Experimental psychology in the early 20th century was targeted by several authors who described a crisis— often expressed as a lack of theoretical and experimental progress. In the 21st century, the crisis of competing theories has been largely overcome but several current emphases hinder the development of a mature experimental science. Central among these are an ethnocentrism that focuses on Western standards and populations, neuroscientism which often treats neurological evidence independently of mental and behavioral events, and the tendency for demonstration (...) experiments to replace coordinated theoretical approaches. (shrink)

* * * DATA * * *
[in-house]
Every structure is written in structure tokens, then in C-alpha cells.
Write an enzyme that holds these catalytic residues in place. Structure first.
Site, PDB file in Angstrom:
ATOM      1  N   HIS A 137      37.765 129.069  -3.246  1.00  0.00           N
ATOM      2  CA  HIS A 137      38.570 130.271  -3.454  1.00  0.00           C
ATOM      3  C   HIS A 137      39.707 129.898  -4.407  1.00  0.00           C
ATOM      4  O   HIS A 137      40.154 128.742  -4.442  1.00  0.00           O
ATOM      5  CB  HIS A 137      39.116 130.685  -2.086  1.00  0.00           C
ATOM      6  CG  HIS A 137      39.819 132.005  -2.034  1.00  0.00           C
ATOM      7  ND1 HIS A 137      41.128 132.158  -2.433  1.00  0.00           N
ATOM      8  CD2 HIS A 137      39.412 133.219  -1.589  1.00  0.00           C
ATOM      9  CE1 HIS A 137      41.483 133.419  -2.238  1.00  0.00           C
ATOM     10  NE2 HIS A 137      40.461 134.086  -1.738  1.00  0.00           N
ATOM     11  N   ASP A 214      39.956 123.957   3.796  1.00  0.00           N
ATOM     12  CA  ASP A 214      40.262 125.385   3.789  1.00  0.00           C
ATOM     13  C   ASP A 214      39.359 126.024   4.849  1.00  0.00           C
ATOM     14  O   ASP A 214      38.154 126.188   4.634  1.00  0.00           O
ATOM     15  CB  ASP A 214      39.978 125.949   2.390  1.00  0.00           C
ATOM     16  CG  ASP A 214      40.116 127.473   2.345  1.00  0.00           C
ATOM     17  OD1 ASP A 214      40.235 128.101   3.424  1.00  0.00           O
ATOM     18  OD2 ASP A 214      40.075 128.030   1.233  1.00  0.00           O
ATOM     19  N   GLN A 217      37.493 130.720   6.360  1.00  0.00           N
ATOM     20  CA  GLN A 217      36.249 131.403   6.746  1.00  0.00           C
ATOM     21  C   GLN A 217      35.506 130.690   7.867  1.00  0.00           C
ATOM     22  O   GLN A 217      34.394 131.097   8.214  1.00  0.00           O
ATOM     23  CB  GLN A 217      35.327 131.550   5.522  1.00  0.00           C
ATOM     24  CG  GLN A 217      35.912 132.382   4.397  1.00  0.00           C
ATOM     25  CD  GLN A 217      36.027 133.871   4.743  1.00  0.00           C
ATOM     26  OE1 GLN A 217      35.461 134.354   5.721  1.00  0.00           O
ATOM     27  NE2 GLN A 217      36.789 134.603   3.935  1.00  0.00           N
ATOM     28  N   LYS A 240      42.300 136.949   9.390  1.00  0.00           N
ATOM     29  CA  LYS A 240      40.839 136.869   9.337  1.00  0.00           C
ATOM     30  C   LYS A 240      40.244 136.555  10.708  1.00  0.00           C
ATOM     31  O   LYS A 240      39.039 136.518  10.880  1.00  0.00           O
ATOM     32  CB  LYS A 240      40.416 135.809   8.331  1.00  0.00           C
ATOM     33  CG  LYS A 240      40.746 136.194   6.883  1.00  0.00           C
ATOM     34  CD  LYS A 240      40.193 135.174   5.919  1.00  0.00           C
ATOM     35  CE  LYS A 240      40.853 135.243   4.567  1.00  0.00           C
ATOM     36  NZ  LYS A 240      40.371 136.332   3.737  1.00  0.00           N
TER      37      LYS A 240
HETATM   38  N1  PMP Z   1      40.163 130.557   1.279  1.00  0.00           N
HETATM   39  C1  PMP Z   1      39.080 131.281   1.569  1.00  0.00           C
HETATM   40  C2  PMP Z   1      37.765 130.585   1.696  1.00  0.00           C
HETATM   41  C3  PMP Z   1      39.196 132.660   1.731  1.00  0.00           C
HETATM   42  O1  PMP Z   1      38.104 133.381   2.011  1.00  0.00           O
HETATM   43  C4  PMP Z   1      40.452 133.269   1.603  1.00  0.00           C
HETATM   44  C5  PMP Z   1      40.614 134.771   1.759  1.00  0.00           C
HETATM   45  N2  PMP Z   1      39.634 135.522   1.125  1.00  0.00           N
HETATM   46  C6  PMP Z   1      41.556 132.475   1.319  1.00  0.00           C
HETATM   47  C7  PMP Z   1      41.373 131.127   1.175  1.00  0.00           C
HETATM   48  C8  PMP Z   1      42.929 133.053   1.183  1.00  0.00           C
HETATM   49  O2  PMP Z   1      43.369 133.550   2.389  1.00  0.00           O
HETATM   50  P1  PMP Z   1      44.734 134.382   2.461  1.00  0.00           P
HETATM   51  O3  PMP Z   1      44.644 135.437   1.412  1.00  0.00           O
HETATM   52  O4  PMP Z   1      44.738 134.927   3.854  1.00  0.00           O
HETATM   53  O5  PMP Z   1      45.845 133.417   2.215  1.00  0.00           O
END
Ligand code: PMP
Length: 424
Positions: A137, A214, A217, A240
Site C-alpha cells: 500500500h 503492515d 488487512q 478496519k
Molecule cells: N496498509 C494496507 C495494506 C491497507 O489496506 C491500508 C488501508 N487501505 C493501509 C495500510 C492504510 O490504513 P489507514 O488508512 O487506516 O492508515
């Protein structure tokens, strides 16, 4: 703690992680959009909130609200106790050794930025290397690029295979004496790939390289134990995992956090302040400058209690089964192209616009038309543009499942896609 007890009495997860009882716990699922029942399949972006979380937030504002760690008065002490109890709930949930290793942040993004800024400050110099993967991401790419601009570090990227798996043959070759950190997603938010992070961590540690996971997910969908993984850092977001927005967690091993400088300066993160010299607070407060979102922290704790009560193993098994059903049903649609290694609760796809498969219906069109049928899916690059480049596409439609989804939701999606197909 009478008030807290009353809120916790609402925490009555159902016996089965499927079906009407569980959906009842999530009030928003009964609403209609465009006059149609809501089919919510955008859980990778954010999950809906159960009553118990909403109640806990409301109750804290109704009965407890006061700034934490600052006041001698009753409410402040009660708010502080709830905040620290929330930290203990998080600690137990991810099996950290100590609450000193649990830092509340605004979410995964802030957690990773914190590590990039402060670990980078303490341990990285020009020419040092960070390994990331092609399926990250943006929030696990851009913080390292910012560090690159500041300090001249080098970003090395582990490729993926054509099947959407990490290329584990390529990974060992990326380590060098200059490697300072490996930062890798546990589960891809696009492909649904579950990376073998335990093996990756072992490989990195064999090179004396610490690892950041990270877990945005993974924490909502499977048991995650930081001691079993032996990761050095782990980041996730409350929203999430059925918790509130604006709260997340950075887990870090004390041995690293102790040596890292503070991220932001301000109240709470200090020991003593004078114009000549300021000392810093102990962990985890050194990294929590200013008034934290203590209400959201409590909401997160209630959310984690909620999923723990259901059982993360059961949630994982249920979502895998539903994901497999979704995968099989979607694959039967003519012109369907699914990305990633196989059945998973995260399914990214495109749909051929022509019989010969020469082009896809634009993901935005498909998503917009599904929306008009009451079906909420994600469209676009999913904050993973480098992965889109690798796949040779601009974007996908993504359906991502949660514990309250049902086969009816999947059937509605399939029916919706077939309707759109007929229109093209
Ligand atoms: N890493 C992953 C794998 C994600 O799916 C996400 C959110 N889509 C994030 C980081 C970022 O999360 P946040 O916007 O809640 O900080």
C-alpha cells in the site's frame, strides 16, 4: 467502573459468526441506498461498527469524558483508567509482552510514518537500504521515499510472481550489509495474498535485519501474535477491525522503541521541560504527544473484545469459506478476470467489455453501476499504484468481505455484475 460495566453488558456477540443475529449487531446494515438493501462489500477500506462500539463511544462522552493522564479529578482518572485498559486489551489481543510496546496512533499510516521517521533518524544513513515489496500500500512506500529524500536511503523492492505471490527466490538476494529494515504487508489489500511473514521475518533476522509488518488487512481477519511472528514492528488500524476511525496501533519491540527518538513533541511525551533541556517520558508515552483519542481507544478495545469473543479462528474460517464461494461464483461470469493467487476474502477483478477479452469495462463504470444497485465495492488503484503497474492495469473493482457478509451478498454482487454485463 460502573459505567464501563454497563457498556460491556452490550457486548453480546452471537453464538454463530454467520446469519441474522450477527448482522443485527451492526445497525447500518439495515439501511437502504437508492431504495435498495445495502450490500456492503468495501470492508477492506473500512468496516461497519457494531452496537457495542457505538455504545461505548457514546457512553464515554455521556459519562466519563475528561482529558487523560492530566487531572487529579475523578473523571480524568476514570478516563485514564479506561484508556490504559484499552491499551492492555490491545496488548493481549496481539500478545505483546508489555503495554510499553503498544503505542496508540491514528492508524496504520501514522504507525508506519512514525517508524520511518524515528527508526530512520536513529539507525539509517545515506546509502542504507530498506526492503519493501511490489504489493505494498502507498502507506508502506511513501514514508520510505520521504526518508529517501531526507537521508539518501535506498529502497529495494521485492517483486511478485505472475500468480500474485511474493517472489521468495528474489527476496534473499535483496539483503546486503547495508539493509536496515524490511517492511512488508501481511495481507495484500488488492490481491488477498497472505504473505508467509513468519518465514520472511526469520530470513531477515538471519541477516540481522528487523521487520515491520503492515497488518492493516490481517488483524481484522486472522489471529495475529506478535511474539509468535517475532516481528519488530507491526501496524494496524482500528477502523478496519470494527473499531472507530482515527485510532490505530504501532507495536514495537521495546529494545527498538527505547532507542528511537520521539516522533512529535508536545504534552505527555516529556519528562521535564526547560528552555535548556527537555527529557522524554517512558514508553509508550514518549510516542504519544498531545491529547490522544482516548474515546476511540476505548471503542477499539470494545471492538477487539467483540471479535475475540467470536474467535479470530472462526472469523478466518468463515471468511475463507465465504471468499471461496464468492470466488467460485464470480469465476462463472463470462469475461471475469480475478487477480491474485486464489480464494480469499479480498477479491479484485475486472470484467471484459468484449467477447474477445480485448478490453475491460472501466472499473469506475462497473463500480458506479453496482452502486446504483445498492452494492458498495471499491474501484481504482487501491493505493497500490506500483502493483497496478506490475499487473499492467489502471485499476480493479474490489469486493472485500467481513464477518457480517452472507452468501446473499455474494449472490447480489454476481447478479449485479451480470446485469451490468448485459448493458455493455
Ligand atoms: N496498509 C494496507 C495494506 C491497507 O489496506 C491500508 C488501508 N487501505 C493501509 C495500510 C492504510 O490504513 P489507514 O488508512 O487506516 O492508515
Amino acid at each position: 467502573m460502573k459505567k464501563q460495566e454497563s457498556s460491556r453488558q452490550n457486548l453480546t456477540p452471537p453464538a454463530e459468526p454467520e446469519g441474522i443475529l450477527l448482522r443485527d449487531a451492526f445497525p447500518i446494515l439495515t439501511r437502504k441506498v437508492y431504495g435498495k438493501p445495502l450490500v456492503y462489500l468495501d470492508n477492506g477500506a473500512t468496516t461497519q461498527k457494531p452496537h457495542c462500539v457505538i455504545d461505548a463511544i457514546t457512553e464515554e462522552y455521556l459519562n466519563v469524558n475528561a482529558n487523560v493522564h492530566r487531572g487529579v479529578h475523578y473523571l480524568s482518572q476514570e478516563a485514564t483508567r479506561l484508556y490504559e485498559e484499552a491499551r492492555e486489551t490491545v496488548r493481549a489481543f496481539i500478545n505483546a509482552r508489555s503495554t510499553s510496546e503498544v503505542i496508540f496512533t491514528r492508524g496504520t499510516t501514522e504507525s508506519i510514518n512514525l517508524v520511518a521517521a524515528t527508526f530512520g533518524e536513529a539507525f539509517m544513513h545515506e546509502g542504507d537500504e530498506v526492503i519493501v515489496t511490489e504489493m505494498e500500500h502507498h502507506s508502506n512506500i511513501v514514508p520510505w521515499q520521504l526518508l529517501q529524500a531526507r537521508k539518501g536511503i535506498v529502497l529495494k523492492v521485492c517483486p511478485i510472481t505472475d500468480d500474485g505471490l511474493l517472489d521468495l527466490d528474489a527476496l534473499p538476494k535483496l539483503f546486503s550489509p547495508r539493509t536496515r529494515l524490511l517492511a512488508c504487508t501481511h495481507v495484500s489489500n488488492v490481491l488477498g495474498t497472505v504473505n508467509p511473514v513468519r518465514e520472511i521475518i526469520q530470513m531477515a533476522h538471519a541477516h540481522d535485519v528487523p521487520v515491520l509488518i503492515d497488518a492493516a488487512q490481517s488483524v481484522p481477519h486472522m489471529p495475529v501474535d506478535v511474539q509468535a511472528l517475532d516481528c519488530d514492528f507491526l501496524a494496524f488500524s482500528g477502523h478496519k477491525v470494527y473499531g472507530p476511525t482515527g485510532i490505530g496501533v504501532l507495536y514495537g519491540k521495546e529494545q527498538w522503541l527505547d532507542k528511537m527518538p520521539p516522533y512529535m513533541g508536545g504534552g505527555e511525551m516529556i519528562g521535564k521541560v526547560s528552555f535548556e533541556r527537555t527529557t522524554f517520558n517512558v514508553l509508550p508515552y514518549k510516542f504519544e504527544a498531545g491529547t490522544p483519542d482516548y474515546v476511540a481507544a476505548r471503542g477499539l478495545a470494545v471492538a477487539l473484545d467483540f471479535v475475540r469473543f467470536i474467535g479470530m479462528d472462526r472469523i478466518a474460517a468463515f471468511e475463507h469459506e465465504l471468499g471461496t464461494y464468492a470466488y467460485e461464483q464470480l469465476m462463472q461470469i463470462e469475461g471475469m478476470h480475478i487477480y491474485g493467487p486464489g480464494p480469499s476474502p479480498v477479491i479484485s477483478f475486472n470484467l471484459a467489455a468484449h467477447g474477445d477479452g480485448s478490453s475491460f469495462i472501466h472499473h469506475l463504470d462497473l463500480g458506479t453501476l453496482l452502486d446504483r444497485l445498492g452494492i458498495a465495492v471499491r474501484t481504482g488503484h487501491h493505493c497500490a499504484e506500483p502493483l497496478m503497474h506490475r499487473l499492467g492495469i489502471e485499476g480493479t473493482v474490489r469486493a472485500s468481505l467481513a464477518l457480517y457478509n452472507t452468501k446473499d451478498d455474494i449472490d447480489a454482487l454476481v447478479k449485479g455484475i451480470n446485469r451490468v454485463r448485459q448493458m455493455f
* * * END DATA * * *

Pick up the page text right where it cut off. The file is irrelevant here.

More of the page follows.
Wegner's refutation of the notion of a conscious free will is addressed to a general reader. Despite a wide ranging and instructive survey and a conclusion acceptable to current psychological thinking, it is flawed by terminological confusions and lack of attention to relevant evidence and previous psychological approaches. It is suggested that psychology best drop the term will altogether.
I start with a review of 20 years of proposals on the functions of consciousness. I then present a minimal number of functions that consciouness subserves, as well as as some remaining puzzles about its psychology. In the process I stress a psychologist's functional approach, asking what consciousness is for. The result is an attempt to place conscious processes within the usual flow of human information processing.